An international space of participation was created at the Peace Integration Summit – CUMIPAZ 2016 to analyze the challenges of an educational system that integrates universal principles and values in the formative process to boost a culture of peace.
Legislatures and authorities from Bolivia, Guatemala and Ecuador spoke on the educational policies of their countries, at the same time, the achievements and weaknesses of the system before a globalized world.
They presented approaches to promote the comprehensive focus of education, based on the necessity of forming professionals that are not only academically prepared, but citizens with moral and ethical values to actively participate in social processes for human development and wellbeing.
The contributions were presented within the Educational Session of CUMIPAZ, during the first work table, which was held at the Bicameral Chamber of the Legislative Palace in Paraguay.
Transforming education is a mission for everyone
Freddy Peñafiel, vice minister of Education in Ecuador, centered his lecture on “Educational policies based on values”. With this topic, he spoke of different aspects of the Ecuadorian educational system, and also mentioned the characteristics that high school students aspire to obtain.
“A student that graduates from high school in Ecuador, has to act with justice, they must act ethically, with generosity, integrity, coherence and honesty in every aspect of their life”, he said.
Peñafiel stated that the effort that the country has made to construct this curriculum proposal based on justice, solidarity and innovation, with a methodological approach included in projects involving the preparation of educational materials, the formation of educators and family participation.
He said that “a just student is capable of understanding the potential our country has; but also all its needs; and they are capable of designing their own way of life, to make the changes the country needs, that their community needs, and that their family needs”.
A challenge: know how to be and how to live
The Technical vice Minister of Education from Guatemala, Hector Canto Mejia, presented the foundation for “An intercultural educational model”. He stated that countries should consider interculturalism as a right within their educational system.
“We are looking to guarantee education as a right of the people. Considering that education is a right of the human being, see it as a focus on rights to form citizens with a cultural identity that contribute to intercultural coexistence and the development of our country”, he said.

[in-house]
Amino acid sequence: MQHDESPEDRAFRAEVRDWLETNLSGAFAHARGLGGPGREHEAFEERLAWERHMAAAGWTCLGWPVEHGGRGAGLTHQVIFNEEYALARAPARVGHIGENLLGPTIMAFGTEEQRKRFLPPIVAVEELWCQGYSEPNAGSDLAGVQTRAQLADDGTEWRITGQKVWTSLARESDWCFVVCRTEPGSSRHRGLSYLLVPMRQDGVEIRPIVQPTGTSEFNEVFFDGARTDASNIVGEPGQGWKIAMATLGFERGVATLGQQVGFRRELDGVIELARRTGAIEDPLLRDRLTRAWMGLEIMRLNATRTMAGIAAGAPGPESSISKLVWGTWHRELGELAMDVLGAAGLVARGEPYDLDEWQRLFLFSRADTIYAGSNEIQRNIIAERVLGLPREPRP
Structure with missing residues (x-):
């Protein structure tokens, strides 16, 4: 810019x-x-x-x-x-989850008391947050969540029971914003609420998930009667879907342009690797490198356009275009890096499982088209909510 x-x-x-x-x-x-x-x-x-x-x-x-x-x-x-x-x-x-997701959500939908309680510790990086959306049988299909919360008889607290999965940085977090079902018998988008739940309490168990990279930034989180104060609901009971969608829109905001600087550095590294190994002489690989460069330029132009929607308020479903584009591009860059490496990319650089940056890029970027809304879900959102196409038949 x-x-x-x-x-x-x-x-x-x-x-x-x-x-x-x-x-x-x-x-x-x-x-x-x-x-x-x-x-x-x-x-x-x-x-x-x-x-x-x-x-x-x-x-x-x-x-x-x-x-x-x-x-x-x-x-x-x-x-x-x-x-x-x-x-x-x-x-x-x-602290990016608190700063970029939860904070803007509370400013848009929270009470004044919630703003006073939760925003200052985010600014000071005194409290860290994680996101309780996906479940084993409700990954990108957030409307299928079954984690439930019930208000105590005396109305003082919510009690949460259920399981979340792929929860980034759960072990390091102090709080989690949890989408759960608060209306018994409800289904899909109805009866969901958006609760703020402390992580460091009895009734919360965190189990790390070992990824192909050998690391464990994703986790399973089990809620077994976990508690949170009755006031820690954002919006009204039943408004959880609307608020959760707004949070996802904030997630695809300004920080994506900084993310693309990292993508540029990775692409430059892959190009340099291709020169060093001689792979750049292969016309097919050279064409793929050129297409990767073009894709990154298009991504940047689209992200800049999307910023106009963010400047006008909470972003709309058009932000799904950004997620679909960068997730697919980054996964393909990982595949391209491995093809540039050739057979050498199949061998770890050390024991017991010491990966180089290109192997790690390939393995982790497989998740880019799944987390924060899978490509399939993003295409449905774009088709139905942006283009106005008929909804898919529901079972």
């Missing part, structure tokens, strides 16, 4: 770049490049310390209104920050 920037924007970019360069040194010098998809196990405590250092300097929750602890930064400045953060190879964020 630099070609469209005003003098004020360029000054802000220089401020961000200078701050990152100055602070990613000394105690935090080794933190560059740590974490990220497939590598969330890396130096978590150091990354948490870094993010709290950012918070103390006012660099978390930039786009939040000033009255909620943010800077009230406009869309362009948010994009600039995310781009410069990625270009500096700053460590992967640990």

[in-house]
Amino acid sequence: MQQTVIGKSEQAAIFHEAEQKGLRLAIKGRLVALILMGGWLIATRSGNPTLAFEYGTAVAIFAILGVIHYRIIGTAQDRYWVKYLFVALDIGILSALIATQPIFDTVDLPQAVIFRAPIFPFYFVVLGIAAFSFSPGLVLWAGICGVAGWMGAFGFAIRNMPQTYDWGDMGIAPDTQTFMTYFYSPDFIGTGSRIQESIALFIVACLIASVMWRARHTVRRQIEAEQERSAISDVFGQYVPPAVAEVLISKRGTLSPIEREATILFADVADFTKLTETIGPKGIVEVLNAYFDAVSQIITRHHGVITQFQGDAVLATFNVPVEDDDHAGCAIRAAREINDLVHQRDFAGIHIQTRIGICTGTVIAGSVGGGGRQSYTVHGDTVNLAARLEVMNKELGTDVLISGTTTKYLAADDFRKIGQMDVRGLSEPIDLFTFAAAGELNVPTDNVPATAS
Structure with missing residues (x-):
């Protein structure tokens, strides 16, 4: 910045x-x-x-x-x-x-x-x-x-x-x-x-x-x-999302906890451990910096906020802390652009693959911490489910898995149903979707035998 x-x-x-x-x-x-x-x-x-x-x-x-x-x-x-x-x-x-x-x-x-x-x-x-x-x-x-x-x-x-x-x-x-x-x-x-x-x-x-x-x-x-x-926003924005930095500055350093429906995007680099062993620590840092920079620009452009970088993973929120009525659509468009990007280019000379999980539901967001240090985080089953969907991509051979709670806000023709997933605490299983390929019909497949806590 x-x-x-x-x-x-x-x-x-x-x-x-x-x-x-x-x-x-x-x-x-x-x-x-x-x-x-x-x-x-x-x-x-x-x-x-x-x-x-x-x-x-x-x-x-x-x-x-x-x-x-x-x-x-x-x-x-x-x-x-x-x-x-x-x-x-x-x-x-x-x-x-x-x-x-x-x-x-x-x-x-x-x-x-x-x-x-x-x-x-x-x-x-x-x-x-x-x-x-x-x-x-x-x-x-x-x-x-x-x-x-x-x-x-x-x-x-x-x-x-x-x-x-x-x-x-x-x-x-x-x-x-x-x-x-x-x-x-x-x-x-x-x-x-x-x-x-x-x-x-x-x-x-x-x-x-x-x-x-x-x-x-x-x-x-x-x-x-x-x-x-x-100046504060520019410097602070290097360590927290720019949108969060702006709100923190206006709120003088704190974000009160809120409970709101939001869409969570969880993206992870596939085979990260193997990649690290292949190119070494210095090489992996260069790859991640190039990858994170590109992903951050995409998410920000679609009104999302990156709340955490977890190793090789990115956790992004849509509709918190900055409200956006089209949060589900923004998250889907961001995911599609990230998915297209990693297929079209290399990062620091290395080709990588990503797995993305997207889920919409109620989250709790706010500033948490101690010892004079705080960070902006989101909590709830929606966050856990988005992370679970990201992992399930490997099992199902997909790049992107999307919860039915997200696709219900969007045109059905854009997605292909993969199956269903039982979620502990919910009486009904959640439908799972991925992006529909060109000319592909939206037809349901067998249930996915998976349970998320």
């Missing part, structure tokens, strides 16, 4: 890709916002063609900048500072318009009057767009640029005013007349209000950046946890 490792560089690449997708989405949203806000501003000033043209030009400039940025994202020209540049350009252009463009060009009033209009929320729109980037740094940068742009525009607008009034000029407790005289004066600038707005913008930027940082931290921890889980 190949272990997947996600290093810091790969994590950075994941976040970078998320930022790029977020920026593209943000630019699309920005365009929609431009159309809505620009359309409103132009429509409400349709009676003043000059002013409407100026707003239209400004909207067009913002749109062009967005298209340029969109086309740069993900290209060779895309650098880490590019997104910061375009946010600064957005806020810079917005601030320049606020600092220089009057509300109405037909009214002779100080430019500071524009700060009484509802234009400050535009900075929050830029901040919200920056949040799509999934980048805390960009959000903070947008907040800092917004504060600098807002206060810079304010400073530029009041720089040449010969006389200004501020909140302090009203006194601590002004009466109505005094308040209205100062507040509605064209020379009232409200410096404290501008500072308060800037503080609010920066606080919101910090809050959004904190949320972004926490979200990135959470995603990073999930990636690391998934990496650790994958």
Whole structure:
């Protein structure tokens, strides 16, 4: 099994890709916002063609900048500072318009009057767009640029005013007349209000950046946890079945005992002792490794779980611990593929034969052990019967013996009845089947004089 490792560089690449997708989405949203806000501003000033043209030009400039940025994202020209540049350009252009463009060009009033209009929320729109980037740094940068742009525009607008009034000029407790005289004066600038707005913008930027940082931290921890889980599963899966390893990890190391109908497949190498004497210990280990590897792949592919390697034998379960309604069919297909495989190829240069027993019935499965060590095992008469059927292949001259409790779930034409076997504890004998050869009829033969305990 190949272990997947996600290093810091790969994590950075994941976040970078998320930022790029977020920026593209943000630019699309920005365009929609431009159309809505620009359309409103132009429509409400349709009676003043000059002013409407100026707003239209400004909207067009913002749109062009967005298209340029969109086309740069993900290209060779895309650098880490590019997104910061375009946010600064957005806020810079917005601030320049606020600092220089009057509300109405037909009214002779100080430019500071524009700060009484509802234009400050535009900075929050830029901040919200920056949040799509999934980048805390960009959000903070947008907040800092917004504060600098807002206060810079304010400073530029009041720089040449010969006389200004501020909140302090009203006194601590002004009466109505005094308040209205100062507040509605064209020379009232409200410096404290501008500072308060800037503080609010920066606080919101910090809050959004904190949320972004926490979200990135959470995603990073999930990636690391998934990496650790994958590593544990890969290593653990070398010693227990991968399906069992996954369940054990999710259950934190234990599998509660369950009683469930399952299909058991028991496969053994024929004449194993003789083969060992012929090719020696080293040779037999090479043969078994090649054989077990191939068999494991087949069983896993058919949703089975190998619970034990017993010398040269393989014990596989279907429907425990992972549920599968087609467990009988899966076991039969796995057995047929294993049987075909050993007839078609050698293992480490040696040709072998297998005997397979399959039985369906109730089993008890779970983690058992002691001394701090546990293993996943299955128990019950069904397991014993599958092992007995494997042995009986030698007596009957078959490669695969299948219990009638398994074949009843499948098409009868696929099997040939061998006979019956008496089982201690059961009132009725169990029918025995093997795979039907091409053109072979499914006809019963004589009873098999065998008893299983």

Canto indicated that the challenge, within globalization, is the power to create an inclusive educational system, an intercultural educational system for inclusion and a culture of peace.
“To know how to coexist, to learn how to coexist, is one of the biggest challenges that our educational systems have probably left behind”, he stated.
He referred to, among other subjects, to know how to coexist with someone who thinks differently, who has a different way of life, and to know how to coexist with the environment, with natural resources.
Environmental values: behavior guides
Senator Ciro Zabala Canedo, from the Social, Educational and Health Policy Commission of the Multinational Legislative Assembly in Bolivia, developed the topic: “Promoting environmental values for the harmonic coexistence of the human being with Mother Earth”.
The diplomat spoke on the necessity to implement a political constitution with an ecological awareness and respect for nature, to promote making decisions in an autonomous way, but also respecting environmental values and principles.
“Environmental values are the guidelines for how human beings should behave in their harmonious relationship with nature and Mother Earth, which is achieved after an educational awareness process”, he said.
Ciro emphasized on the importance of valuing ancestral knowledge and using scientific knowledge to end the irrational and irresponsible exploitation of Mother Earth.
Thus, he proposes the implementation of eco-schools, eco-colleges, eco-universities and eco-cities where students and citizens can actively participate in the control and care of the environment.
This first table of the Educational Session was moderated by Nancy Oilda Benitez, former director of Curriculum of the Ministry of Education of Paraguay.